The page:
So how will Covid-19 affect business valuations?! Well, it all depends….!
The current restrictions on trading for many businesses in both essential and non-essential areas of the marketplace could last for months, as also the after-effects with continuing restrictions until the end of this year and maybe into next year. The recession that will inevitably follow could last for some time, as happened after the 2008 market crash. This could have the effect of subduing stock market quoted Price to Earnings ratios, with FTSE Sector Indices P/E ratios similar to the period 2008 to 2012.
Businesses affected by a downturn in trade, will inevitably start to show a reduced level of trading on the Statutory Accounts, once these are filed at Companies House. Many companies may be in the throes of asking Companies House for the newly introduced three month extension to their filing deadline for their 2019 and 2019/2020 trading figures and the important results recording this year’s trading in the 2020/2021 period may not be available for inspection until towards the end of 2021 or early 2022.
Bearing in mind that most Valuers will require copies of the Statutory Accounts (full sets) covering the last three years as a starting point for a valuation, they will then have to take into account reduced profitability, losses and hits to the balance sheet. However, it would be reasonable to take on-board whether or not this was just a temporary or exceptional period and take into account or accrue for any “pent up” demand for products or services which will off-set any downturn. Likewise, any businesses that have benefited from the Covid-19 situation would need to be able to justify their forecast figures and market position.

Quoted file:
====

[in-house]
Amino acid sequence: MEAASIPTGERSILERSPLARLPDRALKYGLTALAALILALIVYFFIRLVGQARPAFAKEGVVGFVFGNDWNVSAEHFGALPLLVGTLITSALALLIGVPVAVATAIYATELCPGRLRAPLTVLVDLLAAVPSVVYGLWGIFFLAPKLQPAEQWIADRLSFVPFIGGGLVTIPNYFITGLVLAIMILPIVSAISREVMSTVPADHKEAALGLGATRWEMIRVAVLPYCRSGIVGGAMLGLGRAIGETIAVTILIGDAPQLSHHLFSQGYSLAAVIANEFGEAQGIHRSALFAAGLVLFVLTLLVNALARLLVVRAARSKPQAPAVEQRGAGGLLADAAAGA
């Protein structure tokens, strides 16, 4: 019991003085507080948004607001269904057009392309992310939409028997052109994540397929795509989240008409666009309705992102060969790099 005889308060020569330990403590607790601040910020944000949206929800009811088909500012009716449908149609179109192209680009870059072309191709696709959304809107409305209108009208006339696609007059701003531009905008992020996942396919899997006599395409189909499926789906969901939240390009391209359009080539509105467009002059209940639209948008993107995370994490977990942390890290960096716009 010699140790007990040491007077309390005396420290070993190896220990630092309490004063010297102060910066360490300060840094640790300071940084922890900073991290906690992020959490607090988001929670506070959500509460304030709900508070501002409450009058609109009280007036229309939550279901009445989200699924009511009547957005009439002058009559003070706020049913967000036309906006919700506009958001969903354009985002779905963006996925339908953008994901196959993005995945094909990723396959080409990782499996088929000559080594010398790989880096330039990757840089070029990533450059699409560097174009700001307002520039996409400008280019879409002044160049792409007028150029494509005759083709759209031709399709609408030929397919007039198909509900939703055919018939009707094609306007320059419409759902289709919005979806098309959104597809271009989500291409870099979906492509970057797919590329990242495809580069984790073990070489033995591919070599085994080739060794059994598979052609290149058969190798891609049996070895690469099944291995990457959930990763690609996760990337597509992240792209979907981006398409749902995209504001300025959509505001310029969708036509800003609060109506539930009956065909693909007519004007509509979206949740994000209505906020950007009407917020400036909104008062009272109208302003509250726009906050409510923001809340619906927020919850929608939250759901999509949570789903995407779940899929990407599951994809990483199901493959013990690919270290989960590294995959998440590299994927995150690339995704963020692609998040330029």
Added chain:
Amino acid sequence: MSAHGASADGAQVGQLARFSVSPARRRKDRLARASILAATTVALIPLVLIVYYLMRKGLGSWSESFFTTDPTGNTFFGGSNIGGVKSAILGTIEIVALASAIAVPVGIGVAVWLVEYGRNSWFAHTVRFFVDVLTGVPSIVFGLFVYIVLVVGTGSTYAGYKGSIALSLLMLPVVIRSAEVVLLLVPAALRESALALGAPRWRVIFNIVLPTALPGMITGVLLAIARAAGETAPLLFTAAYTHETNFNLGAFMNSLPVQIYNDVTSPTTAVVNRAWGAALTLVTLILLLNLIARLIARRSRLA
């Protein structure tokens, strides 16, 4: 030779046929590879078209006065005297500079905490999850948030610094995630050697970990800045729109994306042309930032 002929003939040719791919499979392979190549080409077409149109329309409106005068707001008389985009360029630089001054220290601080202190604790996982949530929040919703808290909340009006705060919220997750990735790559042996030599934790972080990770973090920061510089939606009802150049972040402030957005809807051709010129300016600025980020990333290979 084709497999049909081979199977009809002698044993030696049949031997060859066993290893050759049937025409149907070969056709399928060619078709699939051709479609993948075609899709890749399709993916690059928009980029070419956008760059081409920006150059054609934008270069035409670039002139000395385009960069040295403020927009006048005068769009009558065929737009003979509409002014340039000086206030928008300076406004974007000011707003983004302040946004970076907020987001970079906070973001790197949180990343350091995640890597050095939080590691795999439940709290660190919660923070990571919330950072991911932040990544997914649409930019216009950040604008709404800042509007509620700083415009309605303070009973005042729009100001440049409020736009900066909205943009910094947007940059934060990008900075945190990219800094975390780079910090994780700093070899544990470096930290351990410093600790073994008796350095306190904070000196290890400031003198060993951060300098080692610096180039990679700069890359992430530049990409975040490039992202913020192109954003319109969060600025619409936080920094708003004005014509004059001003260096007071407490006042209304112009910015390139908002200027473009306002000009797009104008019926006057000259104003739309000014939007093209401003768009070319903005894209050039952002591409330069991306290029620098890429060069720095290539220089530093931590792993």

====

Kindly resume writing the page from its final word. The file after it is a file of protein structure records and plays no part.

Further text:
Although Statutory Accounts are a starting point for business valuations, these are historical and therefore, management accounts will provide a more realistic idea of the current trading position, whilst an updated budget or forecast figure will become more essential to see how the business has fared during the lock-down period. Certainly, there will be more reliance than usual on management accounts and management financial forecasts, even more so if the Statutory Accounts are not up to date. Business valuations will almost certainly see a greater range in values if there is any uncertainty in the forecasts and to a degree, will offer more scope and flexibility for values, depending on the purpose of the valuation exercise and depending on who the client is!
For example, a business owner looking to sell, will want less emphasis on any temporary downturn in trade, with more focus on a positive forecast, whilst the buyer will use any down turn to justify a reduced value. A qualified business Valuer will undoubtedly have a bit more flexibility to hand, whilst still acting within the standards expected of their professional bodies.
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